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Hot tub folliculitis or pseudomonas folliculitis is a skin infection that usually follows exposure to water contaminated with the organism Pseudomonas aeruginosa. Also called hot hand-foot syndrome, it affects hair follicles, leading to an inflamed condition called folliculitis. The entry of Pseudomonas may be through breaks in the skin, such as those caused by waxing, depilatory creams, and rigorous rubbing, or through hair follicles. This skin infection earned its name from the fact that hot water increases the risk of acquiring it. Although it can resolve on its own within 2 to 10 days, symptomatic treatment with acetic acid compresses may be needed for the itching.
This skin condition manifests as an erythematous or reddish rash with a pruritic or itchy quality. Initially appearing as macules or flat lesions less than 0.4 inch (1 cm) in diameter, they may evolve into papules, which are elevated lesions less than 0.4 inch (1 cm) in diameter, and pustules, which are papular lesions with pus. Rashes are particularly abundant in intertriginous areas or skin folds, such as those found in the axilla and groin. They are also abundant in areas of the skin covered by bathing suits.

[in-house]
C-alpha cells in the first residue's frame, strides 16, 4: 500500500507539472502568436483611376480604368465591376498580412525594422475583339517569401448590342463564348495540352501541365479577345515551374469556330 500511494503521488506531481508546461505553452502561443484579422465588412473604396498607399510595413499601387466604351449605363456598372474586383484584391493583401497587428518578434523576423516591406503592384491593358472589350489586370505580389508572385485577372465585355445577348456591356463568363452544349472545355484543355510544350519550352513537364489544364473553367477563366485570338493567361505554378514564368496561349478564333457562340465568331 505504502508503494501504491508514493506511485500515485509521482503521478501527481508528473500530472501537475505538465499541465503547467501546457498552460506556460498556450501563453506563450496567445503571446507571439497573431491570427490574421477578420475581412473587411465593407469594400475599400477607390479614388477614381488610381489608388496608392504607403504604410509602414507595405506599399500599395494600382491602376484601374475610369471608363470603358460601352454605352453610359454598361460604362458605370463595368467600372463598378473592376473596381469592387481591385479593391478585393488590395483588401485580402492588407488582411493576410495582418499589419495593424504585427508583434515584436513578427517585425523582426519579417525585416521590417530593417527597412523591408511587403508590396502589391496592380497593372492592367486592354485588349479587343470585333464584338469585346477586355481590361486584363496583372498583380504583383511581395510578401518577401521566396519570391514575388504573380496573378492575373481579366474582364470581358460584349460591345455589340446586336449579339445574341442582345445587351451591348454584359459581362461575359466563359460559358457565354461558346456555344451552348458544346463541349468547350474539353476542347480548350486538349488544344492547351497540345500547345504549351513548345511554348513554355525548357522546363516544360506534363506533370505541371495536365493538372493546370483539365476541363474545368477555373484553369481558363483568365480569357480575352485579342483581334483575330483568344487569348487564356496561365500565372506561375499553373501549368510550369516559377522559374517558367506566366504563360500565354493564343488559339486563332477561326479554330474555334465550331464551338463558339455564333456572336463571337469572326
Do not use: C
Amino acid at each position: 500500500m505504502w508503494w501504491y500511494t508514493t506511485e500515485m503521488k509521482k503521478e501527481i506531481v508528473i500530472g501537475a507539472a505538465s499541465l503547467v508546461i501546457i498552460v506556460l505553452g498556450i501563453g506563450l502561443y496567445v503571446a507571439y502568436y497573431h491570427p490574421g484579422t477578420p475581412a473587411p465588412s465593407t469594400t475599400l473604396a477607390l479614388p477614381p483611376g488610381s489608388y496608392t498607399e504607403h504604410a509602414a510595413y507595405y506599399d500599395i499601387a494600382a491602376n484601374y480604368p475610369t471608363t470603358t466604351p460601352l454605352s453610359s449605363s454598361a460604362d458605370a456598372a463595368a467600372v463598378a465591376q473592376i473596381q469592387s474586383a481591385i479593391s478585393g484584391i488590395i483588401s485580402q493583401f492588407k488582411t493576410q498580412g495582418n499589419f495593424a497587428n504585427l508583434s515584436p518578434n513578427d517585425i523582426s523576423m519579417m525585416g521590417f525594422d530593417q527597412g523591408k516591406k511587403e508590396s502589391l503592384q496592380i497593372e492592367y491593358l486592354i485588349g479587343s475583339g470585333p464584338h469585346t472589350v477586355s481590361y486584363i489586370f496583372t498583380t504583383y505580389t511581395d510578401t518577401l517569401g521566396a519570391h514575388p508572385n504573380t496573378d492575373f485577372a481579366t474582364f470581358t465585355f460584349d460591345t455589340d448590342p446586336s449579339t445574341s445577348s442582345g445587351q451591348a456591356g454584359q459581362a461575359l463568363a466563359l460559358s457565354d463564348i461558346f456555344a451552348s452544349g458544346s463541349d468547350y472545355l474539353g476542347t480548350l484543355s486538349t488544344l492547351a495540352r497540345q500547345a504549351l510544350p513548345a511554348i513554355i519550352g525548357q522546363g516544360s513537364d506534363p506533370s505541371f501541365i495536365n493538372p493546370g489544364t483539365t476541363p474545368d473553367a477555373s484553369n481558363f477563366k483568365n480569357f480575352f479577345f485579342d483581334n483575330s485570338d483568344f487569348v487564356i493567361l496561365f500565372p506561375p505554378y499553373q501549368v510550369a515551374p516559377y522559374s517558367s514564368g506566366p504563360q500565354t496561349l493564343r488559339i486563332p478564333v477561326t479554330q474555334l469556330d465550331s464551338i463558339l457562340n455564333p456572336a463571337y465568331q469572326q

The four major risk factors for hot tub folliculitis include tight-fitting bathing suits, crowding, frequent and prolonged exposure to contaminated water, and youth. Several environmental conditions are known to be present during hot tub folliculitis outbreaks. These include prolonged duration of water exposure, too many bathers in a bathing area, and inadequate sanitation. It has been also observed that many cases occur when there are inflatable pool toys, waterslides, and other water attractions present.
A history of hot tub exposure or other related exposure is a major clue to the diagnosis of hot tub folliculitis. To confirm the diagnosis, samples are taken from a pustule or from the suspected contaminated water. These samples are subjected to Gram staining and culture. Once they test positive for Pseudomonas aeruginosa, a causal relationship is established.
Hot tub folliculitis is considered a self-limiting disease because no treatment is needed for it to resolve. The rash is expected to go away 2 to 10 days after onset and the causative organism is not susceptible to the usual antibiotics, making the intake of these drugs ineffective and cost-inefficient. For people seeking relief of the symptoms, a compress made of 5% acetic acid may be used 2 to 4 times a day, for 20 minutes each time. This could ease the discomfort.
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